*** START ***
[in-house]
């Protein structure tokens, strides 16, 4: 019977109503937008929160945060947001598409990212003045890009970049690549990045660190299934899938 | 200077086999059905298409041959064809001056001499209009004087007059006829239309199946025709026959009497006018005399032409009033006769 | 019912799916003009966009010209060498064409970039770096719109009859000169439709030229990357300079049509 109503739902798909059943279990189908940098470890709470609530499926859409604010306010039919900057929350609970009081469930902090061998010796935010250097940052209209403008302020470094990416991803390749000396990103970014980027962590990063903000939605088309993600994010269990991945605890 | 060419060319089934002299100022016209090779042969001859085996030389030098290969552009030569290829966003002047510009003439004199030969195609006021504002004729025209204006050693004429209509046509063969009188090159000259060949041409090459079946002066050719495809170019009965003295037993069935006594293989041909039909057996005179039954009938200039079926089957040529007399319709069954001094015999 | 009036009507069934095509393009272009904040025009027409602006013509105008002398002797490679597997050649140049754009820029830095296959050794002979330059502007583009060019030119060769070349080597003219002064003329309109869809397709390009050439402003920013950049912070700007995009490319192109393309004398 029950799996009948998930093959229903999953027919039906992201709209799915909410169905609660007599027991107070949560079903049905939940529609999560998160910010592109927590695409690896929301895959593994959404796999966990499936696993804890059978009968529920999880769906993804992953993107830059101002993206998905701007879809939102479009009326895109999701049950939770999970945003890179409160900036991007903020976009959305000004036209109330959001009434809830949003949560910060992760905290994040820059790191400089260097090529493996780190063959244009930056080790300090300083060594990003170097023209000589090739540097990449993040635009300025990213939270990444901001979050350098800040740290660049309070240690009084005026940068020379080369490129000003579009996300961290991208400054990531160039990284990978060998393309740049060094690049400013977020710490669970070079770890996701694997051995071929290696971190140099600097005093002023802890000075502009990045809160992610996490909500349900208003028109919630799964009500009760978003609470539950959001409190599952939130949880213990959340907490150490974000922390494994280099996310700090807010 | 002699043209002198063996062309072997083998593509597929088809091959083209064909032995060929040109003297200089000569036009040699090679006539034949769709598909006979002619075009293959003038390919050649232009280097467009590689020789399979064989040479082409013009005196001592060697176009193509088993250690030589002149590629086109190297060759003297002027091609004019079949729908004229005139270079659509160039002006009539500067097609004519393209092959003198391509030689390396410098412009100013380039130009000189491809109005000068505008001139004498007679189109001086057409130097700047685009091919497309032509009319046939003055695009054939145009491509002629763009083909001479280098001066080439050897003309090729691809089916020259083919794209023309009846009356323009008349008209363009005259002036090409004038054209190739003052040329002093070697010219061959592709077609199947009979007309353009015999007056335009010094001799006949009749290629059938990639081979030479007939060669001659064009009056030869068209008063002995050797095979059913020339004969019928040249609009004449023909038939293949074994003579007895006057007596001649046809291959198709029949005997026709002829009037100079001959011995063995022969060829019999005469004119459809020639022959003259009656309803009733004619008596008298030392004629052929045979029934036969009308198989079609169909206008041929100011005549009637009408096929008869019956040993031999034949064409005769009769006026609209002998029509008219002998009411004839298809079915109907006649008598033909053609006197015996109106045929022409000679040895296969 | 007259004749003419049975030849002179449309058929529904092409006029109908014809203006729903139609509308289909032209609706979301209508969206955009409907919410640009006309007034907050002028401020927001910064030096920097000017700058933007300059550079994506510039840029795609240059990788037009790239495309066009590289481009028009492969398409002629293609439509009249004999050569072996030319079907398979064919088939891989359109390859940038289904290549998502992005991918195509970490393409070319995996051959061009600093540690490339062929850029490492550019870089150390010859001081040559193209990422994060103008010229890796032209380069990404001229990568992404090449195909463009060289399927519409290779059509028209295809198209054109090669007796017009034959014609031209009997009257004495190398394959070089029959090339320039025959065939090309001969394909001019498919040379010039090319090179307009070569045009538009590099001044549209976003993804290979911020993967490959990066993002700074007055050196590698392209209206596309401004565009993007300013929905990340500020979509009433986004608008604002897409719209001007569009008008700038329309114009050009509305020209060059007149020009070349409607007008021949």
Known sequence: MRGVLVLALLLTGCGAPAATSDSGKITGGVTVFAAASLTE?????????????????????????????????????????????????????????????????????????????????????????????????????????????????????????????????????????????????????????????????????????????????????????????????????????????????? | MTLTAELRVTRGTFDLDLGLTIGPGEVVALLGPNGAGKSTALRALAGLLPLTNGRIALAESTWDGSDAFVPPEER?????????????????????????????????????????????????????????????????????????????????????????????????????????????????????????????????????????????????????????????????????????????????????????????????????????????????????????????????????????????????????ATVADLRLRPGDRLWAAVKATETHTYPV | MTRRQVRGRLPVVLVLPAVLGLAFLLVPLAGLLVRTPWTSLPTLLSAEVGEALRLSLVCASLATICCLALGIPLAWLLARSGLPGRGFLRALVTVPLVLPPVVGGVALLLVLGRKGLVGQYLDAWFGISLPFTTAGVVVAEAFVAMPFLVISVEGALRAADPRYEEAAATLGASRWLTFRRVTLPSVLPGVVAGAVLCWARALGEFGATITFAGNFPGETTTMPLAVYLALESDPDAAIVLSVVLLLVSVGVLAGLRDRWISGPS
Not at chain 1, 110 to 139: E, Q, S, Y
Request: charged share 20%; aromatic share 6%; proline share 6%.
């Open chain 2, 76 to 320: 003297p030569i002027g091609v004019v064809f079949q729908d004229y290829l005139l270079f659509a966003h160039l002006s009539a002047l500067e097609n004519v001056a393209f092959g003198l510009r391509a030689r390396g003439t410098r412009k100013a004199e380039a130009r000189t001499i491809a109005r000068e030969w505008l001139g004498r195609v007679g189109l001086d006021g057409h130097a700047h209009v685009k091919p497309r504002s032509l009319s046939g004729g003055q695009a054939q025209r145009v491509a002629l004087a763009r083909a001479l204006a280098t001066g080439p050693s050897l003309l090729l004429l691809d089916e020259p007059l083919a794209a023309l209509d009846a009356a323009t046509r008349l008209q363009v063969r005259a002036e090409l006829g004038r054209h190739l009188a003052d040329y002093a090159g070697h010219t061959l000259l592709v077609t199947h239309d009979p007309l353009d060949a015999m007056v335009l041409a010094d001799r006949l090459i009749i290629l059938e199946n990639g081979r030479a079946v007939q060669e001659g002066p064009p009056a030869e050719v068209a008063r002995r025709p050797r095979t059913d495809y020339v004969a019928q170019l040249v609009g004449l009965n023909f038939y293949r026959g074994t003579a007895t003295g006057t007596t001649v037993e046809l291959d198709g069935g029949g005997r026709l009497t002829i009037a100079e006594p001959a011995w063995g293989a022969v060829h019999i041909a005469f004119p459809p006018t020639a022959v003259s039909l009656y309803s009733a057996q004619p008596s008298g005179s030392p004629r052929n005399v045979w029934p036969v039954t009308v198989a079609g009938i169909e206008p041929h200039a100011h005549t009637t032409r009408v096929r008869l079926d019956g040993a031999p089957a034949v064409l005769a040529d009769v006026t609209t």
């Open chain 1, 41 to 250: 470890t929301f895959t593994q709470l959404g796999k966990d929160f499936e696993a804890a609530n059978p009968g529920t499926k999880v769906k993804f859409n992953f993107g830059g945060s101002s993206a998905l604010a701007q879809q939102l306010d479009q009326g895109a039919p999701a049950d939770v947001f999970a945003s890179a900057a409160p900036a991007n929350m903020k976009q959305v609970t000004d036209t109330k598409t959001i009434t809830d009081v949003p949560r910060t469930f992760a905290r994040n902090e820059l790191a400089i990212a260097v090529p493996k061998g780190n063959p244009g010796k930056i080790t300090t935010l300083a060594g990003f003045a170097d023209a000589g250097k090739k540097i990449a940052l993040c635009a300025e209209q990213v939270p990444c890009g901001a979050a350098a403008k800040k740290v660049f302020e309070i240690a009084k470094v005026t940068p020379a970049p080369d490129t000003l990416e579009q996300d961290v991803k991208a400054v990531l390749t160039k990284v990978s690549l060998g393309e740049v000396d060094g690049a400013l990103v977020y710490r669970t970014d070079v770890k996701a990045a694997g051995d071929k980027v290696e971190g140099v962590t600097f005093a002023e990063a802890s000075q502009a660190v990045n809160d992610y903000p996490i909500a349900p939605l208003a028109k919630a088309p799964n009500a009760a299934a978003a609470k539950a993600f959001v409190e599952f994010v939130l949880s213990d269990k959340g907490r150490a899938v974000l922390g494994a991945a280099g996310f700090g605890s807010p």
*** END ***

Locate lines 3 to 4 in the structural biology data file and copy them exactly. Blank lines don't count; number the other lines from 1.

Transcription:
Known sequence: MRGVLVLALLLTGCGAPAATSDSGKITGGVTVFAAASLTE?????????????????????????????????????????????????????????????????????????????????????????????????????????????????????????????????????????????????????????????????????????????????????????????????????????????????? | MTLTAELRVTRGTFDLDLGLTIGPGEVVALLGPNGAGKSTALRALAGLLPLTNGRIALAESTWDGSDAFVPPEER?????????????????????????????????????????????????????????????????????????????????????????????????????????????????????????????????????????????????????????????????????????????????????????????????????????????????????????????????????????????????????ATVADLRLRPGDRLWAAVKATETHTYPV | MTRRQVRGRLPVVLVLPAVLGLAFLLVPLAGLLVRTPWTSLPTLLSAEVGEALRLSLVCASLATICCLALGIPLAWLLARSGLPGRGFLRALVTVPLVLPPVVGGVALLLVLGRKGLVGQYLDAWFGISLPFTTAGVVVAEAFVAMPFLVISVEGALRAADPRYEEAAATLGASRWLTFRRVTLPSVLPGVVAGAVLCWARALGEFGATITFAGNFPGETTTMPLAVYLALESDPDAAIVLSVVLLLVSVGVLAGLRDRWISGPS
Not at chain 1, 110 to 139: E, Q, S, Y